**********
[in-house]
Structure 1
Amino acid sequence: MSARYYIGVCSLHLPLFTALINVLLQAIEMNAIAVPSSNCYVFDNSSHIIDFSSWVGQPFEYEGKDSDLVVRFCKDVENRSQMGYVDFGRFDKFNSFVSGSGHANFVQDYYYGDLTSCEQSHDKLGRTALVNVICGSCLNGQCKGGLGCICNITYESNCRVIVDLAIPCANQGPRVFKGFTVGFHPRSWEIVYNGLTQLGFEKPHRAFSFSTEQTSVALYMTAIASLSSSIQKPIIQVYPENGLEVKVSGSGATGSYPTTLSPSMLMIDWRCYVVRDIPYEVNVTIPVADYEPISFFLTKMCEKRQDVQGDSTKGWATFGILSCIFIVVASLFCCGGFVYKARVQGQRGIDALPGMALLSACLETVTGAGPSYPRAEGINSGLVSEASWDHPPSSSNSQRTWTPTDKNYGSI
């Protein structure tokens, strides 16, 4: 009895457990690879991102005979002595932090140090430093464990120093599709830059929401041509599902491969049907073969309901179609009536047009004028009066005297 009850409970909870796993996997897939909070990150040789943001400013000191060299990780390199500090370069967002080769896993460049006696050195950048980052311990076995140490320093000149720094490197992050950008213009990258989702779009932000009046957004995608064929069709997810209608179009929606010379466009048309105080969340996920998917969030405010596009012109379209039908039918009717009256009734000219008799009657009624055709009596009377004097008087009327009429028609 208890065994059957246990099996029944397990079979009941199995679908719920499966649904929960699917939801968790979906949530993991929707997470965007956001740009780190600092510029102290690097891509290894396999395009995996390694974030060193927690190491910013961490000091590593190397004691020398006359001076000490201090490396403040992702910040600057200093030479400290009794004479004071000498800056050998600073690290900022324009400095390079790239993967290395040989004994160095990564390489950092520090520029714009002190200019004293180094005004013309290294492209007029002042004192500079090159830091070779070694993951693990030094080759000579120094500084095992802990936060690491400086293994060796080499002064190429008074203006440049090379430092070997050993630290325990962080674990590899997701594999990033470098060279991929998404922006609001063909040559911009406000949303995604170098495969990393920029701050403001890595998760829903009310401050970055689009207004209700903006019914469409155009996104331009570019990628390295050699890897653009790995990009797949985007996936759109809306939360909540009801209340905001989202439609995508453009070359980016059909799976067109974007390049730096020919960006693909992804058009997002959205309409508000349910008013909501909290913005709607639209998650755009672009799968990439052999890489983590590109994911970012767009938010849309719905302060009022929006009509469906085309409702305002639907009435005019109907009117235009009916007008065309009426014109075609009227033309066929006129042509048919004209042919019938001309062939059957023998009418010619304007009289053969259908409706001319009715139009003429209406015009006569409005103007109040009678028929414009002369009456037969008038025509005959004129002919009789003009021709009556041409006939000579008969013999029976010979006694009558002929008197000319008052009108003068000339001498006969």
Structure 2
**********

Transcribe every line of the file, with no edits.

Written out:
[in-house]
Structure 1
Amino acid sequence: MSARYYIGVCSLHLPLFTALINVLLQAIEMNAIAVPSSNCYVFDNSSHIIDFSSWVGQPFEYEGKDSDLVVRFCKDVENRSQMGYVDFGRFDKFNSFVSGSGHANFVQDYYYGDLTSCEQSHDKLGRTALVNVICGSCLNGQCKGGLGCICNITYESNCRVIVDLAIPCANQGPRVFKGFTVGFHPRSWEIVYNGLTQLGFEKPHRAFSFSTEQTSVALYMTAIASLSSSIQKPIIQVYPENGLEVKVSGSGATGSYPTTLSPSMLMIDWRCYVVRDIPYEVNVTIPVADYEPISFFLTKMCEKRQDVQGDSTKGWATFGILSCIFIVVASLFCCGGFVYKARVQGQRGIDALPGMALLSACLETVTGAGPSYPRAEGINSGLVSEASWDHPPSSSNSQRTWTPTDKNYGSI
């Protein structure tokens, strides 16, 4: 009895457990690879991102005979002595932090140090430093464990120093599709830059929401041509599902491969049907073969309901179609009536047009004028009066005297 009850409970909870796993996997897939909070990150040789943001400013000191060299990780390199500090370069967002080769896993460049006696050195950048980052311990076995140490320093000149720094490197992050950008213009990258989702779009932000009046957004995608064929069709997810209608179009929606010379466009048309105080969340996920998917969030405010596009012109379209039908039918009717009256009734000219008799009657009624055709009596009377004097008087009327009429028609 208890065994059957246990099996029944397990079979009941199995679908719920499966649904929960699917939801968790979906949530993991929707997470965007956001740009780190600092510029102290690097891509290894396999395009995996390694974030060193927690190491910013961490000091590593190397004691020398006359001076000490201090490396403040992702910040600057200093030479400290009794004479004071000498800056050998600073690290900022324009400095390079790239993967290395040989004994160095990564390489950092520090520029714009002190200019004293180094005004013309290294492209007029002042004192500079090159830091070779070694993951693990030094080759000579120094500084095992802990936060690491400086293994060796080499002064190429008074203006440049090379430092070997050993630290325990962080674990590899997701594999990033470098060279991929998404922006609001063909040559911009406000949303995604170098495969990393920029701050403001890595998760829903009310401050970055689009207004209700903006019914469409155009996104331009570019990628390295050699890897653009790995990009797949985007996936759109809306939360909540009801209340905001989202439609995508453009070359980016059909799976067109974007390049730096020919960006693909992804058009997002959205309409508000349910008013909501909290913005709607639209998650755009672009799968990439052999890489983590590109994911970012767009938010849309719905302060009022929006009509469906085309409702305002639907009435005019109907009117235009009916007008065309009426014109075609009227033309066929006129042509048919004209042919019938001309062939059957023998009418010619304007009289053969259908409706001319009715139009003429209406015009006569409005103007109040009678028929414009002369009456037969008038025509005959004129002919009789003009021709009556041409006939000579008969013999029976010979006694009558002929008197000319008052009108003068000339001498006969």
Structure 2